attorney general in cases of  consumer fraud, consumer deception,                                                               
and  other acts  forbidden  under  the Act.    The current  civil                                                               
penalties  have  been  in  place since  the  Act  was  originally                                                               
enacted in 1970,  and they are rather low in  comparison to other                                                               
states, particularly given the rate of inflation.                                                                               
                                                                                                                                
MR.  POPELY  explained  that  HB   446  proposes  to  modify  two                                                               
provisions of current law:   AS 45.50.551(a) and AS 45.50.551(b).                                                               
Proposed  AS   45.50.551(a)  will  increase  the   civil  penalty                                                               
included  therein from  "$25,000 per  violation" to  "$50,000 for                                                               
each violation",  and will  apply in  situations where  a company                                                               
violates  an  injunction  [or restraining  order]  pertaining  to                                                               
deceptive practices.   Proposed  AS 45.50.551(b) will  change the                                                               
civil  penalty included  therein from  "$5,000 per  violation" to                                                               
"not  less  than  $1,000  and  not more  than  $25,000  for  each                                                               
violation", and  will apply  in situations  where one  violates a                                                               
provision  of the  [Alaska Unfair  Trade  Practices and  Consumer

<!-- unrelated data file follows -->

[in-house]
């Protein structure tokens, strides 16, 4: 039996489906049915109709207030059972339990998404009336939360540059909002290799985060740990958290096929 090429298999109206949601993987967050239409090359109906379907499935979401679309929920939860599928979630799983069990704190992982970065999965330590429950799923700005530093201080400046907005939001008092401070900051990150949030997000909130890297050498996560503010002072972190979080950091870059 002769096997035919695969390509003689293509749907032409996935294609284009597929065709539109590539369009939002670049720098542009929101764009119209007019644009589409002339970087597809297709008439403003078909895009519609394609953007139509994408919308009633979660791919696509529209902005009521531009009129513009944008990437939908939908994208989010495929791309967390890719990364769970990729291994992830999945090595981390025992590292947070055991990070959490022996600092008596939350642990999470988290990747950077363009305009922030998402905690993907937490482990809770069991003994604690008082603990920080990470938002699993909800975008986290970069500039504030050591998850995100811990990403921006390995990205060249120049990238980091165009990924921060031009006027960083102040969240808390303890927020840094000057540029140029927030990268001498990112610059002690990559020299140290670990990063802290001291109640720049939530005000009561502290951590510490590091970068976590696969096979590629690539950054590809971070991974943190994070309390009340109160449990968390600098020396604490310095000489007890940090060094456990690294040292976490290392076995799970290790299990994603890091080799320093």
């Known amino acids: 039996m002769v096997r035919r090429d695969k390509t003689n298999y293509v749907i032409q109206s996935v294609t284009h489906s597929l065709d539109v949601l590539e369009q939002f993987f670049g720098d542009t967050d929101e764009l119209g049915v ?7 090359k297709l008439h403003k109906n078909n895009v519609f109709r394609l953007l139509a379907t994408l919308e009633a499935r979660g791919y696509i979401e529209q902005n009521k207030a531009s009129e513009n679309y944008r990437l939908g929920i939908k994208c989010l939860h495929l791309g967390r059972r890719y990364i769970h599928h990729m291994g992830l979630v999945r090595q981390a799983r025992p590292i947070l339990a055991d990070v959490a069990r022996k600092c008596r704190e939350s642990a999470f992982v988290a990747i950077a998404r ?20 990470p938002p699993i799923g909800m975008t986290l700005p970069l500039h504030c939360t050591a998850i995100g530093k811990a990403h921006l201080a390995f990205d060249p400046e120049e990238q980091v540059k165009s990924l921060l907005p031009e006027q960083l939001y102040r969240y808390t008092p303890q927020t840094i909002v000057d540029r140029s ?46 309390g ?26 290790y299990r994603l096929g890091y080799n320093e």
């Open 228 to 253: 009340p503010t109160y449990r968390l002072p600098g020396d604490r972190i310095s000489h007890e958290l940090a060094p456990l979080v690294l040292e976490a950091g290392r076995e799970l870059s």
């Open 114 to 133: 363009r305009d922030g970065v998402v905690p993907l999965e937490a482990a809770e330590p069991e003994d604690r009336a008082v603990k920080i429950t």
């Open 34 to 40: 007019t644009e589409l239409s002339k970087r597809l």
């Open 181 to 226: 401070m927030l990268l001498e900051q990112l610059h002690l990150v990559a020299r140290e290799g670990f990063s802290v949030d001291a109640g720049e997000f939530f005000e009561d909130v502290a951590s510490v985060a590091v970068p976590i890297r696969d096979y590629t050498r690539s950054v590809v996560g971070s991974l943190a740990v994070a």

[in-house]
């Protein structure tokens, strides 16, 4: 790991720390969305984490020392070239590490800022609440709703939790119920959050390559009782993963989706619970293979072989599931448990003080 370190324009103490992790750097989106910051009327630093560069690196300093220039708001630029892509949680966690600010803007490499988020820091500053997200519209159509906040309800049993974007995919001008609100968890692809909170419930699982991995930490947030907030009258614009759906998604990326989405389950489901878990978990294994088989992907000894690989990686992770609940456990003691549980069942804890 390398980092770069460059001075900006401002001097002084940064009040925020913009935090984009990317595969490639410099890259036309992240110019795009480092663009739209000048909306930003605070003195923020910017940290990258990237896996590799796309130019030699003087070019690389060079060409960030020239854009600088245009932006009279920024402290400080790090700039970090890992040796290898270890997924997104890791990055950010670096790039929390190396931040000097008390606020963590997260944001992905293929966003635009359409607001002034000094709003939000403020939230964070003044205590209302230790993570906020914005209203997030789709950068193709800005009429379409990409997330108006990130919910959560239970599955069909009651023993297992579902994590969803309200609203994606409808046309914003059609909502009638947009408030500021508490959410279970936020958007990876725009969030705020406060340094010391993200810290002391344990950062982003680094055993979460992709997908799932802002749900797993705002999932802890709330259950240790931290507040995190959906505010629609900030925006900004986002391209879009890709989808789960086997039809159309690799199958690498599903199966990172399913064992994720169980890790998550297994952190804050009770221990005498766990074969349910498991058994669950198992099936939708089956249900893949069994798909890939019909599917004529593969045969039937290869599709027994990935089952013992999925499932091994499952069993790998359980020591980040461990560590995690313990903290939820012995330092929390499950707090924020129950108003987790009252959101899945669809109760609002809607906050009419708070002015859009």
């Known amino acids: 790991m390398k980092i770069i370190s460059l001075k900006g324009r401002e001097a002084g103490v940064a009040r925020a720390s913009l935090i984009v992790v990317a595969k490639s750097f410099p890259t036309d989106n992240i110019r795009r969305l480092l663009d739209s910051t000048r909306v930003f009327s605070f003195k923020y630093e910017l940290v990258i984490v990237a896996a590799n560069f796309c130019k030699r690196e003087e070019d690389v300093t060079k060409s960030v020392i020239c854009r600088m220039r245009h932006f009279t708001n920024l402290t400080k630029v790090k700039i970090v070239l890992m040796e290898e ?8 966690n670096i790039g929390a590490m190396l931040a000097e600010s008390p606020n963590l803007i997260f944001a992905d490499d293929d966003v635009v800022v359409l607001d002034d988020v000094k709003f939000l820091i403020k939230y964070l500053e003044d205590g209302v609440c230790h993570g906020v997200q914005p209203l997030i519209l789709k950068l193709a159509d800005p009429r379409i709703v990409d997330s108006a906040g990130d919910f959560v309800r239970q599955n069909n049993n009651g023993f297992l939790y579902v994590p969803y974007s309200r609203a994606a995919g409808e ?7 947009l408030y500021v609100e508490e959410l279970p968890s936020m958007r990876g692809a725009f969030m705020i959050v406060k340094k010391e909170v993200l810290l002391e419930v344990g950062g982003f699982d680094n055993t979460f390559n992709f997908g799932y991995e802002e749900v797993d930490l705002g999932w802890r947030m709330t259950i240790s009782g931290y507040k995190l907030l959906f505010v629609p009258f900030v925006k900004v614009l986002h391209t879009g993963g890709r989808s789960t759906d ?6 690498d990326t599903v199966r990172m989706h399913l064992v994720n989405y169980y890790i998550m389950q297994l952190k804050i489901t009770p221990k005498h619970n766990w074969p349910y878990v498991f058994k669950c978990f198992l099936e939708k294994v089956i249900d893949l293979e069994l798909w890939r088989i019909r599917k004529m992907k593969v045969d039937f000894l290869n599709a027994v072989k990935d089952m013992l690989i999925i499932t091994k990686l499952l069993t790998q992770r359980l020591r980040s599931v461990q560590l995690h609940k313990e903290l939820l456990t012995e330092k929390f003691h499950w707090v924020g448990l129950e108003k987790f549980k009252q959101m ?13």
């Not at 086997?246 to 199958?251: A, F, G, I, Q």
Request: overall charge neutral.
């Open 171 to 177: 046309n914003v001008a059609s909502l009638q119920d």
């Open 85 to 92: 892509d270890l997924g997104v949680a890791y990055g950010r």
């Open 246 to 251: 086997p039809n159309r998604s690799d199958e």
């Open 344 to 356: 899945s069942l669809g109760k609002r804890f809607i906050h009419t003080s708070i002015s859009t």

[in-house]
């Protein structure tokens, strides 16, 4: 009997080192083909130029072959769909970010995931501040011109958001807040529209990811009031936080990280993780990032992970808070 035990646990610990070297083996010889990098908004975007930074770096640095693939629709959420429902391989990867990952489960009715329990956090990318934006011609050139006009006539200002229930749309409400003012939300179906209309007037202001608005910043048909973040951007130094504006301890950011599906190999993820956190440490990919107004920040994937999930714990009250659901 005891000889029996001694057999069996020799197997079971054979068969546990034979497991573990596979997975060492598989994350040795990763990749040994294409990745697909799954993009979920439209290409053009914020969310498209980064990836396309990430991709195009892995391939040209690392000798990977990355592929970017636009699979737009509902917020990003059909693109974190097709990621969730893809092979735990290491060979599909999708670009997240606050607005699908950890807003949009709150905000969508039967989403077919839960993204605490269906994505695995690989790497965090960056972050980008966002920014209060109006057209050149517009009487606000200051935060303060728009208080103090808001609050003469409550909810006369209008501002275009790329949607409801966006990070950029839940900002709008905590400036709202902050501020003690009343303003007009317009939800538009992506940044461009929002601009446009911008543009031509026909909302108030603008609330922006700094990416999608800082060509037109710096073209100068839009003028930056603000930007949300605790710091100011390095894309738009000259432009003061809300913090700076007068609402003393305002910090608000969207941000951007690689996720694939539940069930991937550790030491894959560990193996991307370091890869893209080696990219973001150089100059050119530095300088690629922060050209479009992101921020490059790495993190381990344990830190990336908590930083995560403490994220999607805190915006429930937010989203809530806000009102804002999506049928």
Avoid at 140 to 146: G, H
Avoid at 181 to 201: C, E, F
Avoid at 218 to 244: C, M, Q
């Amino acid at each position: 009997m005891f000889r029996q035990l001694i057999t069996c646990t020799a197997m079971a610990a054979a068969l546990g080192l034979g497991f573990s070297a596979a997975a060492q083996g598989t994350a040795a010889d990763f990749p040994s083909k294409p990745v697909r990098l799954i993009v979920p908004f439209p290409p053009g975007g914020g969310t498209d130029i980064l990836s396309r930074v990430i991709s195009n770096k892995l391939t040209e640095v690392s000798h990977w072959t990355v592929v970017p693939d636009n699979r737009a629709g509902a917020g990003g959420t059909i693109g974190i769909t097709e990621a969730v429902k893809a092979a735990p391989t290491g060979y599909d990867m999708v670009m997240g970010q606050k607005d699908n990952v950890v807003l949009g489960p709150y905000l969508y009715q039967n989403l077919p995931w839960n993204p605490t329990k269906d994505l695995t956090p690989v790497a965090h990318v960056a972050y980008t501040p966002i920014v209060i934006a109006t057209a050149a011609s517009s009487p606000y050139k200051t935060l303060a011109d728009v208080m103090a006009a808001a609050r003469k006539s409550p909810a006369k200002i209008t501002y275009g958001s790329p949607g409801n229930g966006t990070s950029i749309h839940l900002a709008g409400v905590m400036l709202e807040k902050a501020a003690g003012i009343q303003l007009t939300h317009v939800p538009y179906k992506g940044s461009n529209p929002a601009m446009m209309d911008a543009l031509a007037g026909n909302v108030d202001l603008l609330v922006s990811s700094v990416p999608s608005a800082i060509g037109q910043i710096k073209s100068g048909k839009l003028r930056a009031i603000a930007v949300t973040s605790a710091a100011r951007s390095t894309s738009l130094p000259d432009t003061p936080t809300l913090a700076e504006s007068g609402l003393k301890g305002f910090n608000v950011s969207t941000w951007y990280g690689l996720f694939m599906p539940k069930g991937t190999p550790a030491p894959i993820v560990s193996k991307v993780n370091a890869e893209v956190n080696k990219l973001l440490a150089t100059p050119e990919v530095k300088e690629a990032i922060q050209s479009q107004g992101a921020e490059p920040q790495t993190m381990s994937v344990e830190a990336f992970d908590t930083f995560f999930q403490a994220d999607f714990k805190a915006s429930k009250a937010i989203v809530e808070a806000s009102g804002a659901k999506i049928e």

Protection Act].                                                                                                                
                                                                                                                                
2:27:58 PM                                                                                                                    
                                                                                                                                
REPRESENTATIVE  GRUENBERG  referred to  Section  1  of the  bill,                                                               
specifically the language in current  law that says in part, "the                                                               
cause  shall be  continued".   He  characterized  this phrase  as                                                               
"ancient language," and  asked whether it would  be sufficient to                                                               
simply say that the court retains jurisdiction.                                                                                 
                                                                                                                                
CYNTHIA DRINKWATER,  Assistant Attorney  General, Commercial/Fair                                                               
Business Section,  Civil Division (Anchorage), Department  of Law